Archive: Taylor Swift

Taylor Swift on fashion, “There’s just something so feminine about a dress”

Taylor Swift graces Harper’s Bazaar’s December/January cover, and in the interview, she opens up about dating, relationships, her career, and more.

The hitmaker is as known for her girlish dresses as for her number-one songs. But, as she has proved, you don’t need to wear trousers to have power.

On wearing dresses: “I’m in a predicament where I can’t wear a dress twice or else it’s pointed out in magazines,” she says. “So unfortunately I have to shop for dresses all the time.” “There’s just something so feminine about a dress,” she says. “Whether it’s a summertime dress that makes me feel carefree, an evening cocktail dress that makes me feel fancy or a vintage dress that makes me feel like a ’50s housewife — which I enjoy feeling like, for some reason — I just really like dresses.”

On dating: “It needs to be equal. If I feel too much like I’m wearing the pants, I start to feel uncomfortable and then we break up.” Relationships are “the ultimate collaboration,” she adds, but sometimes “it’s wonderful to hand over the reins to your boyfriend when you control so much of these big, high-pressure decisions, you know? That is a huge defining factor in who you choose to be with.”

On relationships as a source of inspiration for her music: “Some combinations of people are toxic, you know? You have to find the right one that isn’t just going to explode into fiery ash and destruction.” “Despite all of that and how unpleasant it is, as a writer you get a lot from it. It’s a crazy justification system. You know that guy you really wish you could erase from your memory? But then the answer is track six, eight, 12, and 13.”

On being friends with celebrities including Emma Stone and Selena Gomez: “We never talk about fashion, about career, about our ambitions or our projects,” she says of her pals. “We just talk about relationships, feelings, love, and boys.”

Harper’s Bazaar’s December/January issue hits newsstands November 27.

Taylor Swift releases her first print ad for Wonderstruck Enchanted!

Taylor Swift’s 2nd perfume, Wonderstruck Enchanted, is due to be released this September and now we have our first glimpse of her very red ad campaign.

“I love the look of my ad,” Swift told People.com. “I’m wearing this amazing gown that I loved as soon as I put it on. It’s a classic look, and that’s been my recent style obsession. Anything classic and timeless.”

Wonderstruck Enchanted will retail for $49.50-$59.50, with body lotion available for $29.

source

PICS: Taylor Swift goes brunette!

Taylor Swift debuted a much-darker ‘do in her new CoverGirl campaign pictures, titled “See You, Be You”.

It was that Vogue editorial, in part, that inspired Swift to get more adventurous with her look. “I was so excited to be shooting the cover of Vogue that I let them cut bangs for me at the shoot,” she recently told Refinery29. “It turned out to be one of my favorite changes I’ve ever made to my hair. Moral of the story: Always trust Vogue.”

Indeed. Brunette is an even bolder change than bangs, we think, but a good one. As much as she claims to “experiment as much as I can with fashion and makeup looks,” Swift has been fairly loyal to her blonde hair-red lip-black eyeliner combo for some time. So it’s nice to see the young star switch things up…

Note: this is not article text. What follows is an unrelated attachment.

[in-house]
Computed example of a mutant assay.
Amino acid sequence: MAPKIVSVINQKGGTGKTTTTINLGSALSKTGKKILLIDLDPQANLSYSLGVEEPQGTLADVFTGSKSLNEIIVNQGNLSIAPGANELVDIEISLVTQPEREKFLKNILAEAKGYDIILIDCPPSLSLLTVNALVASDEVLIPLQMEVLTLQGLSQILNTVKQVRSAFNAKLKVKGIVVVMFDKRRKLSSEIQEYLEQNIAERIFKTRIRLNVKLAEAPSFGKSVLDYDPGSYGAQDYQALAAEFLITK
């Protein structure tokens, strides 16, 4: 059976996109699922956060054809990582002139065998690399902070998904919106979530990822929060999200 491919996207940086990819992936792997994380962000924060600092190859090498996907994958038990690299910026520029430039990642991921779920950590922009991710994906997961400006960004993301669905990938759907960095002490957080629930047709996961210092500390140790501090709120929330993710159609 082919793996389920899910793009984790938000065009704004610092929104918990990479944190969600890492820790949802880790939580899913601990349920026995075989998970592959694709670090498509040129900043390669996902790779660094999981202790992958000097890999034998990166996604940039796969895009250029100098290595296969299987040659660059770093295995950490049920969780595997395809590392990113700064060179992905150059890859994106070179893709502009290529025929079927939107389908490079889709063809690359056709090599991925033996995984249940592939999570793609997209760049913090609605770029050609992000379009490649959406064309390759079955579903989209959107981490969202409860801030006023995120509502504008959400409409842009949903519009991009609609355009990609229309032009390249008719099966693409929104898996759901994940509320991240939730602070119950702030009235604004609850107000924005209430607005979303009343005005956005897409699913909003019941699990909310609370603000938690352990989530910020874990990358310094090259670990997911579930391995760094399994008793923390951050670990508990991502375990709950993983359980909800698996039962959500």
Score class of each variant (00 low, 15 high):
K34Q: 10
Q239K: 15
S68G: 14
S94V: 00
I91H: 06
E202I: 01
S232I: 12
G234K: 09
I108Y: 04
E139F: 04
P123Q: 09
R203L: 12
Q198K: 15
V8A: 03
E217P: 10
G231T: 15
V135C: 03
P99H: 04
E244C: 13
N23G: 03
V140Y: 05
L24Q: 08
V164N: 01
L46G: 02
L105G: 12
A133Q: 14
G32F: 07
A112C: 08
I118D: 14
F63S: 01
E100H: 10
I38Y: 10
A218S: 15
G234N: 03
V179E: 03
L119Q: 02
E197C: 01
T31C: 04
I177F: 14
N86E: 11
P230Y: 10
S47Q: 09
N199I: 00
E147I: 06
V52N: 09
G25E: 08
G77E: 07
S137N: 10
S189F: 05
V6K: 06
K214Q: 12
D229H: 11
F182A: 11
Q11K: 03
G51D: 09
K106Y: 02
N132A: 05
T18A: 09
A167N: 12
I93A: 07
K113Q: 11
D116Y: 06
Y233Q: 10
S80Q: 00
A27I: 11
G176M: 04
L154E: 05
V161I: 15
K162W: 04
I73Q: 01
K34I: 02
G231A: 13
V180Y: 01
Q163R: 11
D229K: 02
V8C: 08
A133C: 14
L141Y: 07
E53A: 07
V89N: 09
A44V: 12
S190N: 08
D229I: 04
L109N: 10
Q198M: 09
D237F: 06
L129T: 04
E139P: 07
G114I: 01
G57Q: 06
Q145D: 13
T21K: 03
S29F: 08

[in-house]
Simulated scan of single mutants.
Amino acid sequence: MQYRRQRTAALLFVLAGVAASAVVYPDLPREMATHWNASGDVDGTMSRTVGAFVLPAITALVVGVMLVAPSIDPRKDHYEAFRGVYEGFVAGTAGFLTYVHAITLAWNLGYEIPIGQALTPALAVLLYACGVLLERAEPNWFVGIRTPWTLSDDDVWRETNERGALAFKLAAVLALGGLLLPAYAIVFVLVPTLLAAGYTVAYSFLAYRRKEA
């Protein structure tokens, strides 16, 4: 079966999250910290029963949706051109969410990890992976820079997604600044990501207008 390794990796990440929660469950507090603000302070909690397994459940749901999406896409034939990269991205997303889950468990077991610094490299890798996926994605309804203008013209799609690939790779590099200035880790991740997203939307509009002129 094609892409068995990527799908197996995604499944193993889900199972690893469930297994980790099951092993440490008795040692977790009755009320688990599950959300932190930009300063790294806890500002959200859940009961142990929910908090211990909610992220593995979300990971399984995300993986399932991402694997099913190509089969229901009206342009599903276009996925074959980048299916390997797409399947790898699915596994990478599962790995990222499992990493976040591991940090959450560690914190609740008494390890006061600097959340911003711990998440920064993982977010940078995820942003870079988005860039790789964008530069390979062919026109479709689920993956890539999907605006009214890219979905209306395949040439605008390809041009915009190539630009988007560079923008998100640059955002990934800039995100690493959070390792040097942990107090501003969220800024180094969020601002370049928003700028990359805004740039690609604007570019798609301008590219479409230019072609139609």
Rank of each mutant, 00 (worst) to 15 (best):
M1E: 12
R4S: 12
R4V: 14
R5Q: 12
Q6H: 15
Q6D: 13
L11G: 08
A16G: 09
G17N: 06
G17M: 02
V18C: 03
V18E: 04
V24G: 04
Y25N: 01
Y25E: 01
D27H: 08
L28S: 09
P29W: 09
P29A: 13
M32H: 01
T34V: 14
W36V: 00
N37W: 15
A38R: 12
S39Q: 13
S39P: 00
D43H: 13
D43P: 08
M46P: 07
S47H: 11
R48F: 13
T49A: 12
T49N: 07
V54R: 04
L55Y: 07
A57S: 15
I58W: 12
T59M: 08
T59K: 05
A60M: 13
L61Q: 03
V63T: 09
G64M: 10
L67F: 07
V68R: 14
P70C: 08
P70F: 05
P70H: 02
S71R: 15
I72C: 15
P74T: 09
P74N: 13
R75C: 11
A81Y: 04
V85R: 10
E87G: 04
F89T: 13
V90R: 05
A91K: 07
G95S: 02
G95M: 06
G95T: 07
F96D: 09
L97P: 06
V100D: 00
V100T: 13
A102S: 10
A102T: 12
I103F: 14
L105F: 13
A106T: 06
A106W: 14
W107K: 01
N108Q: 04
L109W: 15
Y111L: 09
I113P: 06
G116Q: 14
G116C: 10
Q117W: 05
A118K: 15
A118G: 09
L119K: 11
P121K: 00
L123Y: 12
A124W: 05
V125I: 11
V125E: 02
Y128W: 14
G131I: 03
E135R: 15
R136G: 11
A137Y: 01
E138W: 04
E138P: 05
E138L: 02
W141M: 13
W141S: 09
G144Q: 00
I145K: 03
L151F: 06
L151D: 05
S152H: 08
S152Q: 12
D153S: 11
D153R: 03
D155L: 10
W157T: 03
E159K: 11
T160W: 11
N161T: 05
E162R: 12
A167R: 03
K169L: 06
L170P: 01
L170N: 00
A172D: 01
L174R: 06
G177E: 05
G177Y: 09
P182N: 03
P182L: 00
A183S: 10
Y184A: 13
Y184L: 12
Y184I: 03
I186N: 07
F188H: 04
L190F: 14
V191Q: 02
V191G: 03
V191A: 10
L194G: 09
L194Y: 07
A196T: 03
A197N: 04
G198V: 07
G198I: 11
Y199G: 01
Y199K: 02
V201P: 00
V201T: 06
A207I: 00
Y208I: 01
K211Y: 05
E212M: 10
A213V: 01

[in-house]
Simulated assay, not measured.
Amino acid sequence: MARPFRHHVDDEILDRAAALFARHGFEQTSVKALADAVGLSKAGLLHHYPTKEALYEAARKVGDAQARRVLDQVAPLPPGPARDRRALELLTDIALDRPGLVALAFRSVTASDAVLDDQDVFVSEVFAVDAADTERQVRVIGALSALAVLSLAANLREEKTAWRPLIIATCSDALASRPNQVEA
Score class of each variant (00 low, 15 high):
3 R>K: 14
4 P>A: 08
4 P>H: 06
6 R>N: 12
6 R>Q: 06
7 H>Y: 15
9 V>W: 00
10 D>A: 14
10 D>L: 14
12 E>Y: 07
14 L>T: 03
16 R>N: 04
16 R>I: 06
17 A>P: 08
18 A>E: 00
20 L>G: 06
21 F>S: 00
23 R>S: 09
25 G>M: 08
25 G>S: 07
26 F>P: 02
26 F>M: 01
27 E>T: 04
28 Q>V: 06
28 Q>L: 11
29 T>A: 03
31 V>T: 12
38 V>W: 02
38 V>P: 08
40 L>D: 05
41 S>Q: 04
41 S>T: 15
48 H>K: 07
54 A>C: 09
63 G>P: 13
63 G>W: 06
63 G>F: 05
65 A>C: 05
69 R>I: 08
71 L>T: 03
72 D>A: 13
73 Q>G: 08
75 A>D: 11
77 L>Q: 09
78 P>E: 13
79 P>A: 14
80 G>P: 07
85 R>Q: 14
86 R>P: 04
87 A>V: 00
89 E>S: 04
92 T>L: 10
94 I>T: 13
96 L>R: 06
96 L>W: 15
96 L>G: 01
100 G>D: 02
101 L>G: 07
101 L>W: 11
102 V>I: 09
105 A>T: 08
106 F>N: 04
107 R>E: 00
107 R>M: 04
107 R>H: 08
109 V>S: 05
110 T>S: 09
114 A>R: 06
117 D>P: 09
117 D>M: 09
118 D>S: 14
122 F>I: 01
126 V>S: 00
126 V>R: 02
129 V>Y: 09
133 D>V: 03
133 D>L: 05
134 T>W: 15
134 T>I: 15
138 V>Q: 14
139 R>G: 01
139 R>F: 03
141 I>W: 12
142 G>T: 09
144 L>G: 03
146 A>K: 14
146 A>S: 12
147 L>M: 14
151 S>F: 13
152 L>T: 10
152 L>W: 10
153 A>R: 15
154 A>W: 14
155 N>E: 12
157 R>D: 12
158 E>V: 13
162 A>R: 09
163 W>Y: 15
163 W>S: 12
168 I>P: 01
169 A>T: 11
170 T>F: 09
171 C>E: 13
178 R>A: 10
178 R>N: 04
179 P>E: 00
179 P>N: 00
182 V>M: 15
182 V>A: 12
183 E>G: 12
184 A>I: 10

What do you think? Prefer Taylor as a blonde or brunette?

Source


MUST SEE: This Taylor Swift CoverGirl Mascara ad was banned!

Take a look at this new ad by CoverGirl. Can you figure out why the US’s National Advertising Division of the Council of Better Business Bureaus Claims (NAD) has chosen to ban it?

Excessive photoshopping!

Business Insider reports that the NAD has banned print ads for CoverGirl NatureLuxe Mousse Mascara, including the spots featuring celeb spokesmodel Taylor Swift. According to the NAD, the ads made “superior performance claims” such as “2X more volume” and “20 percent lighter” that simply couldn’t be substantiated.

The NAD specifically noted that the Swift ad had a disclaimer printed on the bottom that clearly stated, “lashes enhanced in post production.”

“You can’t use a photograph to demonstrate how a cosmetic will look after it is applied to a woman’s face and then — in the mice type — have a disclosure that says ‘okay, not really,’ ” NAD director Andrea Levine told Business Insider.

RELATED: Check out Dakota Fanning’s BANNED Marc Jacobs ad!

I think it’s about time something was done about this. This issue of false advertising has bothered me for YEARS. As beauty bloggers, Erin and I are CONSTANTLY being sent products to try out with the promise of this – and that. We see the ads, we read all the claims of “longer lashes” or “fuller lashes” and 9 times out of 10, nothing ever really lives up to the promise! It has gotten to the point (with me) that I really don’t pay much attention to beauty ads at all, because who really believes that stuff anymore? Don’t we all just see it as fake?

Maybelline was made to address an similar Photoshop issue earlier this year, when an ad for its anti-aging “Eraser” product used Photoshop instead of the product itself to erase spokesmodel Christy Turlington’s dark circles. Britain’s ASA banned the ad for misleading consumers.

In fact, Business Insider notes that in banning the Taylor Swift spot, the NAD is specifically trying to follow the ASA’s lead. Does that mean we should expect a banned-ad-of-the-week in the US to match Great Britain? Could this be the end of Photoshopping Disasters?

I’m really happy something is finally being done about this trend in advertising. You should not be able to photoshop results.  The UK has been banning ads for years, and they take a much more critical stand on false advertising. Hopefully the U.S. will crack down on ads here as strongly!

Who’s with me?